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Tommy John surgery isn't always risky business

Tommy John surgery isn't always risky business

Tommy John surgery isn't always risky business
Five and a half years ago, the Red Sox cut a $51.1 million negotiation deal with the Seibu Lions of Nippon Professional Baseball and tied up another $52 million on a six-year contract, betting big time on the arm of Daisuke Matsuzaka. It was a gamble that didn't work out so well.

Thirty-seven years ago, Dr. Frank Jobe cut into the elbow of pitcher Tommy John, tied up a spare tendon to replace an ailing ligament and bet that there was a slim chance John could return to the mound. It was a gamble that changed baseball forever.

So what are Dice-K's prospects? Well, if you're asking will he ever pitch again for the Red Sox, the answer is likely no. The recovery from ulnar collateral ligament reconstructive surgery, aka Tommy John surgery, varies, but it generally takes 12-14 months. If he were to return as the 18-win Dice-K of 2008 that might be something to look forward to. If he were the four-win version of '09, why bother? But it's a good bet that he'll pitch again ... somewhere.

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"Chances are his elbow will be in good shape," said Dr. Arun Ramappa, chief of sports medicine in the Carl J. Shapiro Department of Orthopedic Surgery at Beth Israel Deaconess Medical Center. "This kind of reconstruction is well proven with consistent results. We have a long history of pitchers coming back and doing well."

The elbow may be a relatively simple joint when you compare it to the complexity of the shoulder, but it is no more immune to the incredible stress that pitching puts on the body. Damage to the ulnar collateral ligament is a common result of the repetitive throwing motion.

"It's an issue for all types of pitchers," Ramappa said. "Even pitchers who are asymptomatic, who don't have elbow pain, can show partial tears when they have an MRI. It's often the accumulation of a lot of little injuries rather than one event."

John was 12 seasons and 124 wins into his Major League career when he tore his ulnar collateral ligament in 1974. When Jobe proposed the surgery, John's only other option was retirement.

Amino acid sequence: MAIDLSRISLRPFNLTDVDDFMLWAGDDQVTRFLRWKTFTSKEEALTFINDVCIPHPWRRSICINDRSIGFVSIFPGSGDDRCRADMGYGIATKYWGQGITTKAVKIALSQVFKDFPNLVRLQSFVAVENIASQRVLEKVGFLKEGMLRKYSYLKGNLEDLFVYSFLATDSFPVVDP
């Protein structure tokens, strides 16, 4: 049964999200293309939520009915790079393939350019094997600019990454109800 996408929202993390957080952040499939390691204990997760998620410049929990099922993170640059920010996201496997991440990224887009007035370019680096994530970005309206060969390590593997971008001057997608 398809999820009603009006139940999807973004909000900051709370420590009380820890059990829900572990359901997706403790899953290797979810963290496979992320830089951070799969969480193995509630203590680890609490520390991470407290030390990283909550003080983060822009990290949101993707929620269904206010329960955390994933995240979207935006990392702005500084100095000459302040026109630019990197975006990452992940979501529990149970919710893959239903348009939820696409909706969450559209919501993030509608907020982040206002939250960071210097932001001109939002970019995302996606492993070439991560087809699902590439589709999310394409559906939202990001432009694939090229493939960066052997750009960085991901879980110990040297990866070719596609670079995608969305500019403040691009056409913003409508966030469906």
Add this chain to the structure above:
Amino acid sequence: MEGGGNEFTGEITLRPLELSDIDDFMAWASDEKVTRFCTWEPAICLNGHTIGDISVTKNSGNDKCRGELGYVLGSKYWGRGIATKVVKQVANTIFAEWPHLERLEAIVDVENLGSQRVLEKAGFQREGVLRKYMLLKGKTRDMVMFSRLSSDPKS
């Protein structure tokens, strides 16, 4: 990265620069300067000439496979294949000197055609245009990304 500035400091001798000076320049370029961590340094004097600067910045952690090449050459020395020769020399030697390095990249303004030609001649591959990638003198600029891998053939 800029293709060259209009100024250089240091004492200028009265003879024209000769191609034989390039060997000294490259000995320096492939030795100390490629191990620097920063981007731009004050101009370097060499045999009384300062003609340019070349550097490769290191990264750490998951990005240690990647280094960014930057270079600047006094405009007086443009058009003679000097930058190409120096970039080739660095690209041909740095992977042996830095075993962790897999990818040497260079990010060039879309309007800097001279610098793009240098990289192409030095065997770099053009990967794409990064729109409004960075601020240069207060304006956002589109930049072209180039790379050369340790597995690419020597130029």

"With the exception of the instruments we use these days, the procedure hasn't changed all that much," said Ramappa. "We re-establish the stability of the joint by drilling holes in the ulna, which is one of the bones in your forearm, and the humerus -- that's the bone in your upper arm. The surgeon will take a non-essential tendon from your forearm and thread it through the holes in a figure-eight pattern. Usually, it's secured by sutures, sometimes by screws."

John would miss all of the 1975 season, but he opened plenty of eyes when he went on to win another 164 games over the next 14 seasons. Nowadays, nobody even blinks when the prospect of Tommy John surgery arises. Some folks think that pitchers come back stronger. Mark Dynan, a physical therapist and orthopedic clinical specialist at Beth Israel Deaconess Medical Center, has some insight into that.

"It's a long, long recovery and rehabilitation for these guys," said Dynan. "They know their own responsibility to the program, and if they are diligent and committed, they are not only going to return with a healthier elbow, they are going to be in better condition overall, with better mechanics and well rested."

The rest begins immediately after the surgery, with the arm immobilized and protected. Work to regain a range of motion begins at about one month, and light exercises and weight work can begin in another two or three weeks.

"By the time they are three months post-surgery, we will have pitchers begin to simulate a throwing motion," Dynan said. "They probably won't get to actually throw for another month, but you've got to understand that for the entire time, we are also working on strengthening their core and lower body. We are educating them about how to use their legs more efficiently and effectively to reduce the strain and decrease the chance of injury."

So it's not the tendon that speeds up the two-seamer? Not the suturing that makes a better slider?

"No magic bullet," said Dynan. "Pitchers may have the motivation of potential multimillion-dollar contracts and the luxury of making their recovery their full-time job, but in the end, the result is the same for them as is it for anyone rehabbing from surgery or an injury. You won't come back to 100 percent if you're not going to put in the effort."

Jobe performed that first surgery six years before Dice-K was born. It will be interesting to see if Matsuzaka is reborn as a pitcher -- wherever that may be.

Gary Gillis is a contributor to MLB.com. The BID Injury Report is a regular column on redsox.com. Beth Israel Deaconess Medical Center is the official hospital of The Boston Red Sox. This story was not subject to the approval of Major League Baseball or its clubs.

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